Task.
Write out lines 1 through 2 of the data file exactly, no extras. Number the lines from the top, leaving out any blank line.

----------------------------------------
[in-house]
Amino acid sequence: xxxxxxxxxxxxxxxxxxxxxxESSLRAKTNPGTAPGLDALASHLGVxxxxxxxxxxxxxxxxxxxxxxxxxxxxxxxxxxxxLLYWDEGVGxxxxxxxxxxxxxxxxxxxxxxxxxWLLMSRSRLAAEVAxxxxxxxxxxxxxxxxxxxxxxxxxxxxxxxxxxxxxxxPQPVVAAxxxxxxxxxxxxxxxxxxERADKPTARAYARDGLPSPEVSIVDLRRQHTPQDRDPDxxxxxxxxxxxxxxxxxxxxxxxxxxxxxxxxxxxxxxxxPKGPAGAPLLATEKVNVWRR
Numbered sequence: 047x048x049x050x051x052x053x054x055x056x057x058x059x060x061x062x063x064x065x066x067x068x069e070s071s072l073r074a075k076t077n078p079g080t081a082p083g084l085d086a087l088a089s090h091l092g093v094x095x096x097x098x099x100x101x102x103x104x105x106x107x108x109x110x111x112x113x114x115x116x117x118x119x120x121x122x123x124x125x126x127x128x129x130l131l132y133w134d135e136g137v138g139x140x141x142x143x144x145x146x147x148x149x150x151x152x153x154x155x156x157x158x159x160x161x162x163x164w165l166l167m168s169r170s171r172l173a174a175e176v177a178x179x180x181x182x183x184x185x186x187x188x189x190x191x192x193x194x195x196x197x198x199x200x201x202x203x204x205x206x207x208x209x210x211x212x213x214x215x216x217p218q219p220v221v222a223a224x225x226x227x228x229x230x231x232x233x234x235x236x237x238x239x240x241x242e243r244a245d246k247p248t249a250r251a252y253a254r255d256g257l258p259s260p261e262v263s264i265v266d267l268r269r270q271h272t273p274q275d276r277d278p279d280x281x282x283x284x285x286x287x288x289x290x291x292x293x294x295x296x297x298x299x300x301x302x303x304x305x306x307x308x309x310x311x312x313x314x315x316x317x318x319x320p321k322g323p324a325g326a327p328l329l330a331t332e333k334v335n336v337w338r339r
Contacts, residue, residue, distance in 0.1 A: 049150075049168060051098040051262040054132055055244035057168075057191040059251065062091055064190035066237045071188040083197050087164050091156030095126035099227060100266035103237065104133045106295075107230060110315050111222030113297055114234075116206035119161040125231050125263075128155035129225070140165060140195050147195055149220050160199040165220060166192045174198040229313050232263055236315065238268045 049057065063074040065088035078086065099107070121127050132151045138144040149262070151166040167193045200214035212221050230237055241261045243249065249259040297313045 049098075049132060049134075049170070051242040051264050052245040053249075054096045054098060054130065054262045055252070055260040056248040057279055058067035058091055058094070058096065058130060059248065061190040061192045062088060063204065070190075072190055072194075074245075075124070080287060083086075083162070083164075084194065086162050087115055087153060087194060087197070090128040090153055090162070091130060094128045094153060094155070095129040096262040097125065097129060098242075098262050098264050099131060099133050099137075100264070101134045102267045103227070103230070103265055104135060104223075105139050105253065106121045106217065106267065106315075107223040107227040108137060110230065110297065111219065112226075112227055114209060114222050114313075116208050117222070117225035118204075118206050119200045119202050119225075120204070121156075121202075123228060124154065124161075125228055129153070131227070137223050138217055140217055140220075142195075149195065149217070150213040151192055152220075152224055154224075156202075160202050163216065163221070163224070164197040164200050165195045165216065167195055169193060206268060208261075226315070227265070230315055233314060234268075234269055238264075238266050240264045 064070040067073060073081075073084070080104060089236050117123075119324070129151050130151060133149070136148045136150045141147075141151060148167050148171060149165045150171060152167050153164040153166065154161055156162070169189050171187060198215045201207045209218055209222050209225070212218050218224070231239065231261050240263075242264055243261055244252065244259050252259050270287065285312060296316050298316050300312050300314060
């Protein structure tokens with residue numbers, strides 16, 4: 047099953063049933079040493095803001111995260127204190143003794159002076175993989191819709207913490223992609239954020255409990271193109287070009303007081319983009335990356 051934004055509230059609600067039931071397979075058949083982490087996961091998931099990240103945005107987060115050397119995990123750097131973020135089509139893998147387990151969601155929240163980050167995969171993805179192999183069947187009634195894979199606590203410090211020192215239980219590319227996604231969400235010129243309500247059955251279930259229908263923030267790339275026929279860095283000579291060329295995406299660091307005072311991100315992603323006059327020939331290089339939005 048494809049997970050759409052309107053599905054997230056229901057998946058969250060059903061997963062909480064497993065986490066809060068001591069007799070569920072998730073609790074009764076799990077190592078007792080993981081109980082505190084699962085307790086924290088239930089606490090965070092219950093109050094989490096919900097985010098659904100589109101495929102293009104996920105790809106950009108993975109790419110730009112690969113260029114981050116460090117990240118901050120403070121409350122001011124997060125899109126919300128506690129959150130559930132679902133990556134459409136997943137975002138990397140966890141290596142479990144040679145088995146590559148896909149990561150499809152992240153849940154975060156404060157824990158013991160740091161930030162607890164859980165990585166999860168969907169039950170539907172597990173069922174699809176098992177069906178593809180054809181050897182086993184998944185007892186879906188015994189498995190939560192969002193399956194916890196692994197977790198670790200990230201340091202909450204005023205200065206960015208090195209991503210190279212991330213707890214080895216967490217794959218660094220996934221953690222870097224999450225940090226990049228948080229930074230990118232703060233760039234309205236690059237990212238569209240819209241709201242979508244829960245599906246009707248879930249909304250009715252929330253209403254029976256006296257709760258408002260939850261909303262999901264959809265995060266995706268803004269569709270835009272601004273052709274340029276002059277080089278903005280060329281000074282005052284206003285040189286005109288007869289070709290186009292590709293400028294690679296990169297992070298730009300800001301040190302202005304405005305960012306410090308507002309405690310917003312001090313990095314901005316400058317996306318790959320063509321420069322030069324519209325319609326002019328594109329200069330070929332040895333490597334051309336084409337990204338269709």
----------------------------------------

[in-house]
Amino acid sequence: xxxxxxxxxxxxxxxxxxxxxxESSLRAKTNPGTAPGLDALASHLGVxxxxxxxxxxxxxxxxxxxxxxxxxxxxxxxxxxxxLLYWDEGVGxxxxxxxxxxxxxxxxxxxxxxxxxWLLMSRSRLAAEVAxxxxxxxxxxxxxxxxxxxxxxxxxxxxxxxxxxxxxxxPQPVVAAxxxxxxxxxxxxxxxxxxERADKPTARAYARDGLPSPEVSIVDLRRQHTPQDRDPDxxxxxxxxxxxxxxxxxxxxxxxxxxxxxxxxxxxxxxxxPKGPAGAPLLATEKVNVWRR